The center of the star is Java's average performance, and the branches shoot out to the individual benchmarks. The resulting shape says something about Java. On the X axis (slowness), we see that the performance is impressive, often brushing near the "wall of best performance" of C on the left. But on a few occasions the performance breaks down and the star shoots to the right. On the Y axis (code size), the star spreads across the chart, twice brushing near the top. Also the center of the star is slightly above the centroid of the background cloud. In other words, Java is not a particularly concise language, and in fact it is sometime depressingly convoluted, but its performance is excellent except when it's not.

The next chart arranges the entire collection of the 72 programming languages available at The Computer Language Benchmark Game into a 8x9 grid. The chart is a so-called 'small multiples' design: each swatch in the grid has the same axes in the same scales as each other. It's the same setup as the one for Java that we just saw. The 1368 dots in the background are the same throughout. The intent is to make it easy to compare the shape of the star between languages (across the page), and against the general trend (in the background).

The swatch of the languages are grouped into columns according to their overall performance. Thus the fastest languages are in the first column on the left and the slowest are on the right. Within each column the swatches are sorted by average code size, with the best one at the bottom. In this way, the disposition of the grid mimics the axes within the swatches.

This chart is a treasure of narratives.

The languages in the first column all have tall thin pogo-stick stars. They show strikingly consistent performance, maxing out the CPU times after times. Their code sizes, on the other hand, are spread all over. The bottom left three languages, Cmucl, Regina and Stalin are outliers. These languages do not have enough benchmark implementations in the database to generate fully fleshed stars.

In the rightmost three columns we find many bushy stars, flat and wide. These are the scripting languages whose communities have not invested as much effort into building optimizing compilers for their language as they have spent tweaking its expressiveness. There are, however, a few spectacular exceptions. Lua, which has always been noted for its good performance among scripting languages, shows a beautiful round star in the swatch at (5, 2), counting from the bottom left. Even better, the star of Luajit (3, 1) seems to squeeze itself in the coveted bottom left corner, amongst academic Juggernauts such as Mlton (2, 1), Ocaml (3, 2), Gambit (4, 1), and Haskell (4, 2).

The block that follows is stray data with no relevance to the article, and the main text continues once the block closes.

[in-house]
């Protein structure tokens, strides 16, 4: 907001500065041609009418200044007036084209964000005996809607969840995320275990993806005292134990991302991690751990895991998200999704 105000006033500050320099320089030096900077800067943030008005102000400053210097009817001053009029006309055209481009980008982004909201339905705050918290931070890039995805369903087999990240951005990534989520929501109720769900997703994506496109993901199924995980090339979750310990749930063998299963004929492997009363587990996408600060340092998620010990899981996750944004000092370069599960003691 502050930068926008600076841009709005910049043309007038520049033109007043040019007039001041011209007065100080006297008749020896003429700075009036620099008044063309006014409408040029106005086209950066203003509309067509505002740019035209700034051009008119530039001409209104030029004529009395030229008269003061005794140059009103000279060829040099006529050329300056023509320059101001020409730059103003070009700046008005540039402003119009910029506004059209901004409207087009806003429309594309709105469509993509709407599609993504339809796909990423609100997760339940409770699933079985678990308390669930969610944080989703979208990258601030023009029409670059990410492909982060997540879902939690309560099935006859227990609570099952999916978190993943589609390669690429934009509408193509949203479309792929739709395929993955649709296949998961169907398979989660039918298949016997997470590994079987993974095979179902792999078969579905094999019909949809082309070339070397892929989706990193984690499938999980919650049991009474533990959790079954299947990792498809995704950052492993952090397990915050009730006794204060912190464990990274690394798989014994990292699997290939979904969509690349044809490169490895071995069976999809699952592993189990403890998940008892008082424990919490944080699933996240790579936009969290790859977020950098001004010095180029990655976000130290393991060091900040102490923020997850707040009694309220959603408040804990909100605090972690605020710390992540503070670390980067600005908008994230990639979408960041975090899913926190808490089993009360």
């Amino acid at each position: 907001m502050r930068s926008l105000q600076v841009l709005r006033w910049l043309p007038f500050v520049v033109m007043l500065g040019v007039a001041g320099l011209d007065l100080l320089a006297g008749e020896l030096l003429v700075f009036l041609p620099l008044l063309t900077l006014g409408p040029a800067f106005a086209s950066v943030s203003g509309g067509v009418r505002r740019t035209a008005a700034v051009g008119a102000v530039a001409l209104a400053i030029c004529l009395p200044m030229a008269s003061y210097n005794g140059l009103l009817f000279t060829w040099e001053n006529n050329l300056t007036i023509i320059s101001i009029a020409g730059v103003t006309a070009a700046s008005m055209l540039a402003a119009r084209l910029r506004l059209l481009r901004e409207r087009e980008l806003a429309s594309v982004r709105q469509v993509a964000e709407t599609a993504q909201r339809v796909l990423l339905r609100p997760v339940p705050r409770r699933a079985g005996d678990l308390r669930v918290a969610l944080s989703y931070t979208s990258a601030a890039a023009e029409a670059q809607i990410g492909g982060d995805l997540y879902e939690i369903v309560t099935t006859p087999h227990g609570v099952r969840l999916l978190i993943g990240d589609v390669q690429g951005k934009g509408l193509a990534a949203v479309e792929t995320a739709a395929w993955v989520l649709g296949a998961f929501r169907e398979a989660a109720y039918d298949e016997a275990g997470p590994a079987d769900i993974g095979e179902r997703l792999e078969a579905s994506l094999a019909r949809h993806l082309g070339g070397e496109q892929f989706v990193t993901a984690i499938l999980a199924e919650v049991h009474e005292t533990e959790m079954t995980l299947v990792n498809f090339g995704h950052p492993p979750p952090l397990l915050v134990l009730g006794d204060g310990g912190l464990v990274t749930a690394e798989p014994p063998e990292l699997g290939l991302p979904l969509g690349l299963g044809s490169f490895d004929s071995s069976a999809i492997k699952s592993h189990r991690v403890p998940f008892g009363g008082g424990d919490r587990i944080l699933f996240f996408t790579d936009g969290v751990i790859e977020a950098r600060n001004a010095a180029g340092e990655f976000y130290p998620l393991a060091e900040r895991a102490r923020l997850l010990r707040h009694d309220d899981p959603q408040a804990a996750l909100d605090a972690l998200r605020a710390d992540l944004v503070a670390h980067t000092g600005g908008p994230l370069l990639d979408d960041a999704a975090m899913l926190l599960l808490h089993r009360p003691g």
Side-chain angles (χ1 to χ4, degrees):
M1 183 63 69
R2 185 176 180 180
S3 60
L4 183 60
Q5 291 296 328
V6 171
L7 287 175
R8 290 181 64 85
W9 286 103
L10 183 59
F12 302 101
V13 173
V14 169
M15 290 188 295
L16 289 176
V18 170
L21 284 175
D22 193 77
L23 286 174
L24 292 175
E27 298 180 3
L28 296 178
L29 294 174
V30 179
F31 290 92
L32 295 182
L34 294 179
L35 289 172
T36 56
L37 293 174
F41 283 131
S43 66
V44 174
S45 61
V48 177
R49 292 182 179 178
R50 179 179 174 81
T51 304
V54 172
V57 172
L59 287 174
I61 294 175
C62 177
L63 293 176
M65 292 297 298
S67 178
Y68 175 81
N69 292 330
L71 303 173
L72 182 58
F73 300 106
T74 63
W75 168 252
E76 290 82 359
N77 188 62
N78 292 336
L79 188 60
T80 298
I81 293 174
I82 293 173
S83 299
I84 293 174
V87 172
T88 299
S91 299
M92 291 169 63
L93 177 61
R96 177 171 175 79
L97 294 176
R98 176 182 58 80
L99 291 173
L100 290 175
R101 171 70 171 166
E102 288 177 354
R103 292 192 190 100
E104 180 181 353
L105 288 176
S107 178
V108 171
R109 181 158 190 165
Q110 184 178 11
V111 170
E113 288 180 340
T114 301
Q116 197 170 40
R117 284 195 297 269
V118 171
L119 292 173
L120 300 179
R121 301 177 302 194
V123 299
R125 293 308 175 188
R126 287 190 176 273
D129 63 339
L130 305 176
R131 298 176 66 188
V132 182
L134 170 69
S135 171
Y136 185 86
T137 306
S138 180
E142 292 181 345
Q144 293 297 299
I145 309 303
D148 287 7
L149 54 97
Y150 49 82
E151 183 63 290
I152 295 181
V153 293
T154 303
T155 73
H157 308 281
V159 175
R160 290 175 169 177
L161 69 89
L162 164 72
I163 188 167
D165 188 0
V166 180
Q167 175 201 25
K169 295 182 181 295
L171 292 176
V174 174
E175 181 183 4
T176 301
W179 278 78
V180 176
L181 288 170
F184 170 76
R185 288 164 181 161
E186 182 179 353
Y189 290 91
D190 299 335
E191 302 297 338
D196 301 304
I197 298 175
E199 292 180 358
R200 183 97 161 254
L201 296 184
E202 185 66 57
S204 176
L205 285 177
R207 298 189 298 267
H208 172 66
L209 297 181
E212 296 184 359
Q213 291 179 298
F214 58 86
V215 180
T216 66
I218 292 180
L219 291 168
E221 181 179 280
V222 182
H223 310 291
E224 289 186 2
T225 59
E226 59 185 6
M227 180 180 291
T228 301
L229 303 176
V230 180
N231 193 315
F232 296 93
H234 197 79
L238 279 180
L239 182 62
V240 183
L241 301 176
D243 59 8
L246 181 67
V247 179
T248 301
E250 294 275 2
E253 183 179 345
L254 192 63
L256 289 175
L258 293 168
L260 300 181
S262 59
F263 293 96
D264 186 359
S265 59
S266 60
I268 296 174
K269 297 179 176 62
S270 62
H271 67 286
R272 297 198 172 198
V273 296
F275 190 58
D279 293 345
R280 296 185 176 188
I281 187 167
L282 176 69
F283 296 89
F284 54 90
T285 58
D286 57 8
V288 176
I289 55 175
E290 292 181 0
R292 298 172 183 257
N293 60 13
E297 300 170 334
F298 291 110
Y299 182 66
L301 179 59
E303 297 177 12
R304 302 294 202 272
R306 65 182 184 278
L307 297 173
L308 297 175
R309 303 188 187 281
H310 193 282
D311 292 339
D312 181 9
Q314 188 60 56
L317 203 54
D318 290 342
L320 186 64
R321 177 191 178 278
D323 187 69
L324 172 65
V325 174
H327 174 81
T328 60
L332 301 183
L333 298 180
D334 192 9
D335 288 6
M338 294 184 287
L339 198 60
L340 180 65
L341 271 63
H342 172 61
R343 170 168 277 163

The shape of the Haskell star, specifically the way that it bends up, suggest to me that writing high-performance programs in Haskell is a bit of a black art, and that some of the benchmarks submissions could be improved if someone got around to it. It also suggests that the tweaks introduced to boost the performance occupy a lot of code space. (I hope someone from the Haskell community will be able to confirm whether this is the case)

I find the swatch for the language Clean at (1, 8) quite interesting, in light of the oddly shaped Haskell star. Clean is a lazy language just like Haskell. Its star looks like the result of smashing Haskell star against the left wall, as if a huge effort of optimization had paid off.

Psyco (4, 1) is a decent improvement on the standard Python (7, 1) evaluator but it is still rather bushy. On the plus side, both versions of Python can claim many of the smallest programs in the collection. Ruby (8, 1) might also compete for titles, but unfortunately its performance is so bad its star falls off the performance chart.

C# (3, 4) has the same shape as Java (3, 7), merely 1, 2, or three rows down, depending on how you count. The arrival of Scala (6, 7) in the Java world is a mixed blessing. While it fixes the worse convolutions (it has no top-of-the-square points) it also introduces terrible performance hiccups (the points which shoots out to the right.)

Is interesting to see Groovy (7, 5) right next to MzScheme (6, 5). Both languages have similarities in terms of the features that would impact the performance of the evaluator. You would expect Groovy to display better performance since it uses the Java virtual machine and all its optimizations, but the reverse is true.Finally, the top right corner is occupied by specialty languages, with their momentous stars which reach across the performance spectrum along both axes, from the very best to the very worst.

Does introducing functional features kill performance?
No, it does not. In the following chart, the ordering is the same as in the large chart. Languages which include functional features such as lambda, map, and tail call optimization are highlighted in green. C compilers, C++ and C-derivatives are in blue. The blues dominate the first column. The greens occupy the main diagonal, from the oddball corner to the "ideal" corner. Ultimately the first factor of performance is the maturity of the implementation.

Source code
The code to generate these charts runs in PLT Scheme (MzScheme) v4.1.5. You will need the data file from The Game's cvs repository.